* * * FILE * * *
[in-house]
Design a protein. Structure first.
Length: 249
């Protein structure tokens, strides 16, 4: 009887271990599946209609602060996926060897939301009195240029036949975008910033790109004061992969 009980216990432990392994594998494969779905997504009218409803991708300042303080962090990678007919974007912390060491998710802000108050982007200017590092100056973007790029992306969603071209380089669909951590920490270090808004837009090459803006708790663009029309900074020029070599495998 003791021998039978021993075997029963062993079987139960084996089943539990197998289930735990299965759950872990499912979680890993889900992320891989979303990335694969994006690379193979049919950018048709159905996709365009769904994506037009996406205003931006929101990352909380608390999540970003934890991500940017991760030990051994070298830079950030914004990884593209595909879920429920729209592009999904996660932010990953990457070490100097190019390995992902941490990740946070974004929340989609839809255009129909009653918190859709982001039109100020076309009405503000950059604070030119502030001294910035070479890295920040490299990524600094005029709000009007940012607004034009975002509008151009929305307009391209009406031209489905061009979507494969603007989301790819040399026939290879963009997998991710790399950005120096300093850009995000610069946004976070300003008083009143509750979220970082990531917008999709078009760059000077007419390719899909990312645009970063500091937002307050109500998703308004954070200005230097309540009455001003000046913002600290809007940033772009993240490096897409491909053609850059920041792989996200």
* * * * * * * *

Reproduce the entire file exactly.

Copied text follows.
[in-house]
Design a protein. Structure first.
Length: 249
């Protein structure tokens, strides 16, 4: 009887271990599946209609602060996926060897939301009195240029036949975008910033790109004061992969 009980216990432990392994594998494969779905997504009218409803991708300042303080962090990678007919974007912390060491998710802000108050982007200017590092100056973007790029992306969603071209380089669909951590920490270090808004837009090459803006708790663009029309900074020029070599495998 003791021998039978021993075997029963062993079987139960084996089943539990197998289930735990299965759950872990499912979680890993889900992320891989979303990335694969994006690379193979049919950018048709159905996709365009769904994506037009996406205003931006929101990352909380608390999540970003934890991500940017991760030990051994070298830079950030914004990884593209595909879920429920729209592009999904996660932010990953990457070490100097190019390995992902941490990740946070974004929340989609839809255009129909009653918190859709982001039109100020076309009405503000950059604070030119502030001294910035070479890295920040490299990524600094005029709000009007940012607004034009975002509008151009929305307009391209009406031209489905061009979507494969603007989301790819040399026939290879963009997998991710790399950005120096300093850009995000610069946004976070300003008083009143509750979220970082990531917008999709078009760059000077007419390719899909990312645009970063500091937002307050109500998703308004954070200005230097309540009455001003000046913002600290809007940033772009993240490096897409491909053609850059920041792989996200």